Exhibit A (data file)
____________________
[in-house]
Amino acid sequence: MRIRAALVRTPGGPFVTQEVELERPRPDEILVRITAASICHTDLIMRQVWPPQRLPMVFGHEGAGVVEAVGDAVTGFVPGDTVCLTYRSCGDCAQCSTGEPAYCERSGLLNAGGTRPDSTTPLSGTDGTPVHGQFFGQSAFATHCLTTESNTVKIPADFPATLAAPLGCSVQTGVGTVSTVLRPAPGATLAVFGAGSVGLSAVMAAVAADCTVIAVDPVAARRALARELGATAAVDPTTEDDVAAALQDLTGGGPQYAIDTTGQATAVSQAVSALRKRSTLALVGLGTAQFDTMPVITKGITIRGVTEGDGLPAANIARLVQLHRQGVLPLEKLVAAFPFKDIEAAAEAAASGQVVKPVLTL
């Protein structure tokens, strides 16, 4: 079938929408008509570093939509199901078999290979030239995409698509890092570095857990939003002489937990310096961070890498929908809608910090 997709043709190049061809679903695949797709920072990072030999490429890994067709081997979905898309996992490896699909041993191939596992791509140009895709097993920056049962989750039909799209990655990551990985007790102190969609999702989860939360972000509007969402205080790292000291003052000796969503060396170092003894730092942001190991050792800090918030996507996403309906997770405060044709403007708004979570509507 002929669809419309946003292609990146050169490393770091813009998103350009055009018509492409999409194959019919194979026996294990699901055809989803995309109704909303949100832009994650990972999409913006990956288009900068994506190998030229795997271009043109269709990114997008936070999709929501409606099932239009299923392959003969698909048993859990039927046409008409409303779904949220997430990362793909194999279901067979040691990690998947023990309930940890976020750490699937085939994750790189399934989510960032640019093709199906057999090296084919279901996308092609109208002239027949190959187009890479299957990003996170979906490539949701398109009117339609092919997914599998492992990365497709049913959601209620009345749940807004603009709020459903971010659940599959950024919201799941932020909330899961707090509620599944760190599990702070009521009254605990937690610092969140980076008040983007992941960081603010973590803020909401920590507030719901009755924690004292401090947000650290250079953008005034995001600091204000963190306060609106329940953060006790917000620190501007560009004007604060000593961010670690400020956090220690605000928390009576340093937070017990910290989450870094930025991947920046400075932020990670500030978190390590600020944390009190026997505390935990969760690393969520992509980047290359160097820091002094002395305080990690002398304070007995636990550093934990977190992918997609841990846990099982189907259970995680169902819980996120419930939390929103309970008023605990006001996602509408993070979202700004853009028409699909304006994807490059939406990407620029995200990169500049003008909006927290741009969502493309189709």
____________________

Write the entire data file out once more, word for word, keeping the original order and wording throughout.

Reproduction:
[in-house]
Amino acid sequence: MRIRAALVRTPGGPFVTQEVELERPRPDEILVRITAASICHTDLIMRQVWPPQRLPMVFGHEGAGVVEAVGDAVTGFVPGDTVCLTYRSCGDCAQCSTGEPAYCERSGLLNAGGTRPDSTTPLSGTDGTPVHGQFFGQSAFATHCLTTESNTVKIPADFPATLAAPLGCSVQTGVGTVSTVLRPAPGATLAVFGAGSVGLSAVMAAVAADCTVIAVDPVAARRALARELGATAAVDPTTEDDVAAALQDLTGGGPQYAIDTTGQATAVSQAVSALRKRSTLALVGLGTAQFDTMPVITKGITIRGVTEGDGLPAANIARLVQLHRQGVLPLEKLVAAFPFKDIEAAAEAAASGQVVKPVLTL
């Protein structure tokens, strides 16, 4: 079938929408008509570093939509199901078999290979030239995409698509890092570095857990939003002489937990310096961070890498929908809608910090 997709043709190049061809679903695949797709920072990072030999490429890994067709081997979905898309996992490896699909041993191939596992791509140009895709097993920056049962989750039909799209990655990551990985007790102190969609999702989860939360972000509007969402205080790292000291003052000796969503060396170092003894730092942001190991050792800090918030996507996403309906997770405060044709403007708004979570509507 002929669809419309946003292609990146050169490393770091813009998103350009055009018509492409999409194959019919194979026996294990699901055809989803995309109704909303949100832009994650990972999409913006990956288009900068994506190998030229795997271009043109269709990114997008936070999709929501409606099932239009299923392959003969698909048993859990039927046409008409409303779904949220997430990362793909194999279901067979040691990690998947023990309930940890976020750490699937085939994750790189399934989510960032640019093709199906057999090296084919279901996308092609109208002239027949190959187009890479299957990003996170979906490539949701398109009117339609092919997914599998492992990365497709049913959601209620009345749940807004603009709020459903971010659940599959950024919201799941932020909330899961707090509620599944760190599990702070009521009254605990937690610092969140980076008040983007992941960081603010973590803020909401920590507030719901009755924690004292401090947000650290250079953008005034995001600091204000963190306060609106329940953060006790917000620190501007560009004007604060000593961010670690400020956090220690605000928390009576340093937070017990910290989450870094930025991947920046400075932020990670500030978190390590600020944390009190026997505390935990969760690393969520992509980047290359160097820091002094002395305080990690002398304070007995636990550093934990977190992918997609841990846990099982189907259970995680169902819980996120419930939390929103309970008023605990006001996602509408993070979202700004853009028409699909304006994807490059939406990407620029995200990169500049003008909006927290741009969502493309189709």